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July 1983

Plasma Colloid Oncotic Pressure—Pulmonary Artery Occlusion Pressure Gradient: A Poor Predictor of Pulmonary Edema in Surgical Intensive Care Unit Patients

Author Affiliations

From the Departments of Anesthesiology (Drs Rafferty, Ljungquist, Firestone, and Barash), Radiology (Drs Curtis and Raven), and Epidemiology and Public Health (Ms Hui), Yale University School of Medicine, New Haven, Conn.

Arch Surg. 1983;118(7):841-843. doi:10.1001/archsurg.1983.01390070049010

• Because Starling's equation contains four factors that theoretically influence fluid movement across the pulmonary capillary bed, we prospectively examined the relationship between the plasma colloid oncotic pressure (PCOP) minus the mean pulmonary artery occlusion pressure (PAOP) (the only two presently available clinically for measurement) and pulmonary edema determined in terms of percent venous admixture (Qs/Qt) and roentgenographically in 17 consecutive patients in a surgical intensive care unit to determine whether this PCOP-PAOP gradient could accurately predict the presence of pulmonary edema. The PCOP-PAOP gradient proved to be a poor predictor of pulmonary edema determined by these means. We believe this resulted from the inherent insensitivity of the PCOP-PAOP gradient as an estimate of the net intravascular filtration pressure, and Qs/Qt and roentgenograms as measurements of lung edema, as well as the multiplicity of variables involved in the genesis of pulmonary edema in the clinical situation.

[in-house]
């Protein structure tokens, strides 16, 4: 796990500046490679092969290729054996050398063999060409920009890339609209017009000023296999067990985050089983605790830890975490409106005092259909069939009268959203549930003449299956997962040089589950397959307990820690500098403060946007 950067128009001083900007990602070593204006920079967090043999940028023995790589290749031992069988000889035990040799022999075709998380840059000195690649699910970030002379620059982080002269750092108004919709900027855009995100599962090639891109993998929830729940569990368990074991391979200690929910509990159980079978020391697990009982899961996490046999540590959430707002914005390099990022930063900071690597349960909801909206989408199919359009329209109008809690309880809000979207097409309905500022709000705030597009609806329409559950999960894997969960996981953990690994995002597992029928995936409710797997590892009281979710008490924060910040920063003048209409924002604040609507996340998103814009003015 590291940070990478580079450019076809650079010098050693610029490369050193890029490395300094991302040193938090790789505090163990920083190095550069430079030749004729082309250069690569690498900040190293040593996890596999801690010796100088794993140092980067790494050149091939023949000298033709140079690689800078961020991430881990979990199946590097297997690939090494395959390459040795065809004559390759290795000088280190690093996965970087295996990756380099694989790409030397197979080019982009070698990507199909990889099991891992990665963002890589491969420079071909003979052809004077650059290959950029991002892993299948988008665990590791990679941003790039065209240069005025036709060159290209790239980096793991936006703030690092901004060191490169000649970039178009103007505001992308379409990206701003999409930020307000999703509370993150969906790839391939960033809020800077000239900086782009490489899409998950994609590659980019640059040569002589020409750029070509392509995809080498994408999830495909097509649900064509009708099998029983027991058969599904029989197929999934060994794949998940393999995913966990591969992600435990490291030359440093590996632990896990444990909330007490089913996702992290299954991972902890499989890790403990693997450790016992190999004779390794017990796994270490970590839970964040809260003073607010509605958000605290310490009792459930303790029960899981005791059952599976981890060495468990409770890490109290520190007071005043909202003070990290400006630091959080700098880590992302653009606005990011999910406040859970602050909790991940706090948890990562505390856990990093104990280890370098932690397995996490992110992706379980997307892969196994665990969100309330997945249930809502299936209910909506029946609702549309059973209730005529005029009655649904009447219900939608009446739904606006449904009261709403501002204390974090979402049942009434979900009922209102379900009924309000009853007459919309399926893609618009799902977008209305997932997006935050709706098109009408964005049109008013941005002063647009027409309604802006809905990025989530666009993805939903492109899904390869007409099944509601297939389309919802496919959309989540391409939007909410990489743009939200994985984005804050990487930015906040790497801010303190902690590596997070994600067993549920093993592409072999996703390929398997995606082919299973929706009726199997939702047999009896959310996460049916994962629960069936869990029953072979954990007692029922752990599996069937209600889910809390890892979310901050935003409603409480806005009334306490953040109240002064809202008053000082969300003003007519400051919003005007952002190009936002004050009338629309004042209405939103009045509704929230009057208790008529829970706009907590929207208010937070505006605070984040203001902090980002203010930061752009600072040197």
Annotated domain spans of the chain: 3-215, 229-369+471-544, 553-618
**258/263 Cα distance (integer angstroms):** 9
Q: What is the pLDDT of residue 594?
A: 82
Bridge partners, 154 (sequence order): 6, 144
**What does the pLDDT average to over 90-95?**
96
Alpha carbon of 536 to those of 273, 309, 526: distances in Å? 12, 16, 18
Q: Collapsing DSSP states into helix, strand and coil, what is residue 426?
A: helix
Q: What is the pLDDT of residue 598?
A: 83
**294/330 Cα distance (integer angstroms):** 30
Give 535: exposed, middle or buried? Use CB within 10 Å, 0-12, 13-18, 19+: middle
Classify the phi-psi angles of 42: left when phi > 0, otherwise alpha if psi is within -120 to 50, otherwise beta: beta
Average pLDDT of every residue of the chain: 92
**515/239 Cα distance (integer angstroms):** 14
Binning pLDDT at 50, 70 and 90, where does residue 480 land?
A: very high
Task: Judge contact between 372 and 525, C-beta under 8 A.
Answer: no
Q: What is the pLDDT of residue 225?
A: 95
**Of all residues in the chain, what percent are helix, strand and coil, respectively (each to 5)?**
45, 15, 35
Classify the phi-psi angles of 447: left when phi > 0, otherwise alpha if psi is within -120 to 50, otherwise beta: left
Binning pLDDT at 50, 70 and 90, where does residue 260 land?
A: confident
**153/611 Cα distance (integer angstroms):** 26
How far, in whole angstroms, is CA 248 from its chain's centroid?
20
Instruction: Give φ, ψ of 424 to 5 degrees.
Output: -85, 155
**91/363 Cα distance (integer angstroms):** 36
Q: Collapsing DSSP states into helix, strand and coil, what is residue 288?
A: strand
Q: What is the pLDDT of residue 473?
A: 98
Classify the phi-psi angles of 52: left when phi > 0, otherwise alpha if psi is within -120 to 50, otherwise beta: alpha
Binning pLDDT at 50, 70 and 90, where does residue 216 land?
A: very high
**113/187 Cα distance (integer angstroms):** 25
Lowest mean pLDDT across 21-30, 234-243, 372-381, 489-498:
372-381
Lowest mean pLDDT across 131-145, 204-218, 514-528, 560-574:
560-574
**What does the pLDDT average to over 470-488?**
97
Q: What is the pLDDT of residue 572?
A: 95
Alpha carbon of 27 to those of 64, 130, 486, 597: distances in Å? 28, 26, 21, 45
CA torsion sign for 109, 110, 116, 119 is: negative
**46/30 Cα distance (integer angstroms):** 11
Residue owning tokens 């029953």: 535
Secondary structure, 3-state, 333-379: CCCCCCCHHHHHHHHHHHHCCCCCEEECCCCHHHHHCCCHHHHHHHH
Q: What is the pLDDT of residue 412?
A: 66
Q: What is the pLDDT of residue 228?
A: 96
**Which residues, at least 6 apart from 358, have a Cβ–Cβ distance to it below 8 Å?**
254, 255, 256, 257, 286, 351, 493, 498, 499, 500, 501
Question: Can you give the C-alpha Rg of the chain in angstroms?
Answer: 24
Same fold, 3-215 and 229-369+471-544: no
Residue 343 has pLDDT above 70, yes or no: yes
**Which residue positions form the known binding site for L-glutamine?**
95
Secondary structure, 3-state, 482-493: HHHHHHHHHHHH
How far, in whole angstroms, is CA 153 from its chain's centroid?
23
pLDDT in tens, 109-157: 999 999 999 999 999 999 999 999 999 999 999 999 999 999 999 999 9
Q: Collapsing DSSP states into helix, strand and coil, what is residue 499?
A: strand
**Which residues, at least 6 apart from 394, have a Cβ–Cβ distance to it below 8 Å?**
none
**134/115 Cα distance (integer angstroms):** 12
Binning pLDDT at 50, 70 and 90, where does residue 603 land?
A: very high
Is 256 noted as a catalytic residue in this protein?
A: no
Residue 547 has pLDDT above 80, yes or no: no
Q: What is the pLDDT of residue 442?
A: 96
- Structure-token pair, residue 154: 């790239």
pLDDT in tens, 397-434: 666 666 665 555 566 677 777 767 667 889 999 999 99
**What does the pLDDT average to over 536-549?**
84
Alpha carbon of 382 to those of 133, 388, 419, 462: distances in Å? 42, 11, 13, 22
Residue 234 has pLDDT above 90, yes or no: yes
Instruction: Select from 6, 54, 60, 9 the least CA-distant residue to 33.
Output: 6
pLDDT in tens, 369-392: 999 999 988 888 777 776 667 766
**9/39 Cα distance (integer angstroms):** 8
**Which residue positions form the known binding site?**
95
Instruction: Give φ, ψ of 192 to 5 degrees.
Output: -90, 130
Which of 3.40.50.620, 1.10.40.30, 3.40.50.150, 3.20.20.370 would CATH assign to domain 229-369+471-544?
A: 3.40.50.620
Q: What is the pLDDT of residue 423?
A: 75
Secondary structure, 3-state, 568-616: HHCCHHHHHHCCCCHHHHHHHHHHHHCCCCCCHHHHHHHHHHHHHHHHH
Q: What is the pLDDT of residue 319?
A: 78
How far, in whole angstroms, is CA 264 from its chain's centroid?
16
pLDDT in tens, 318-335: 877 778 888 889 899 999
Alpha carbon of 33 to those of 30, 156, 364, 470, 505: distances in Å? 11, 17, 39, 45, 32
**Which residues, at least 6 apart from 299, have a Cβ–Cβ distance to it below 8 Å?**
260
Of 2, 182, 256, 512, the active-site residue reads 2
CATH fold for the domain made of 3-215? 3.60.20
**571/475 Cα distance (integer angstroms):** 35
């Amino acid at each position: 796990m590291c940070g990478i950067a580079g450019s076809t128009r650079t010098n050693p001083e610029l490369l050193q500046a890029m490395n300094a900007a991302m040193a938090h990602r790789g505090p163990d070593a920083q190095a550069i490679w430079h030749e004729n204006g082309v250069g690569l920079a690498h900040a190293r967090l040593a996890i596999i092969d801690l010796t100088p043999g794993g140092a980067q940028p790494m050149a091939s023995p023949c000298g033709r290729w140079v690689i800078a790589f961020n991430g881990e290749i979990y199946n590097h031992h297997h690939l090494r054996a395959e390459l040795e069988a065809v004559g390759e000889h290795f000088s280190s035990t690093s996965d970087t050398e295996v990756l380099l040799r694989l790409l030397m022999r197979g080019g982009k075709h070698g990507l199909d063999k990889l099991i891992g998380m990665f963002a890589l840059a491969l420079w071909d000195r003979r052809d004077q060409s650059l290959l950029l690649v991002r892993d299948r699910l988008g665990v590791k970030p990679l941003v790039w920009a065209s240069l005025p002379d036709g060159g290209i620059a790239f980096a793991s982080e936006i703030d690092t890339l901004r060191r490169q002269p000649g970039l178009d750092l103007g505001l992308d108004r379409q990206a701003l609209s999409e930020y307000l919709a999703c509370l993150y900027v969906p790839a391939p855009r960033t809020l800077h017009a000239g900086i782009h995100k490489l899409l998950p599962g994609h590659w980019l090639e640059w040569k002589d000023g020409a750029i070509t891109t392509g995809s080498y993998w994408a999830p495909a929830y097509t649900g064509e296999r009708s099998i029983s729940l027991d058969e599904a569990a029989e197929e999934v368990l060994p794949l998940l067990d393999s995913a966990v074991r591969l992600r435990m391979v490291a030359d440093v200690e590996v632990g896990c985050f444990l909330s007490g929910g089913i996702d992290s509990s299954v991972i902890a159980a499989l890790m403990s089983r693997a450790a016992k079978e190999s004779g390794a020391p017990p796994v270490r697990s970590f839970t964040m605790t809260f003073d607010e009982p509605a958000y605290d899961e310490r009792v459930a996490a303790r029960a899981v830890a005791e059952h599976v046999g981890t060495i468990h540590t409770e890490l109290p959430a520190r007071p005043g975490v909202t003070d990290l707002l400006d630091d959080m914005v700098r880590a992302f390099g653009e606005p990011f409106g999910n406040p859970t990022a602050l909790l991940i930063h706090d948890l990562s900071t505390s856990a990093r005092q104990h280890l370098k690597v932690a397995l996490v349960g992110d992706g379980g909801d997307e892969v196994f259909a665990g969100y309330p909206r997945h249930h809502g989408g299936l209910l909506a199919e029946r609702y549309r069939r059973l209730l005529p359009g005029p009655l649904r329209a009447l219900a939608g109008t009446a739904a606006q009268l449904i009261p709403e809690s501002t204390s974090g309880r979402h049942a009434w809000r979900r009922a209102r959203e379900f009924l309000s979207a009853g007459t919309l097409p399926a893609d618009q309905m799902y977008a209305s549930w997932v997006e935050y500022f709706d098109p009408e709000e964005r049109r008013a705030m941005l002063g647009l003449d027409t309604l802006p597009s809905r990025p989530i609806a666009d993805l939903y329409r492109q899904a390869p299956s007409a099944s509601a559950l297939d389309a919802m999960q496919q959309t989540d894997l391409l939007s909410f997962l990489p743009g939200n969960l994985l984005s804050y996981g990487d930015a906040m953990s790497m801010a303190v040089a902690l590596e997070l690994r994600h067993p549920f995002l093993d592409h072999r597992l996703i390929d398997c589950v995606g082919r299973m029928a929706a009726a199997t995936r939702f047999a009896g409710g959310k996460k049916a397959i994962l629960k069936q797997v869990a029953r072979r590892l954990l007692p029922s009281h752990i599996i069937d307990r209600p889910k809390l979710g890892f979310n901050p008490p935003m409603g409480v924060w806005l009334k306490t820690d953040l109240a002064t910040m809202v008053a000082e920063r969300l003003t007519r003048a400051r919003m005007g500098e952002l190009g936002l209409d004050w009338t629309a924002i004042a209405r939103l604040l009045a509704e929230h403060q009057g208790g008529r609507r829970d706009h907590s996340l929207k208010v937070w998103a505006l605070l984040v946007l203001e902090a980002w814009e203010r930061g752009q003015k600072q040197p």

(Arch Surg 1983;118:841-843)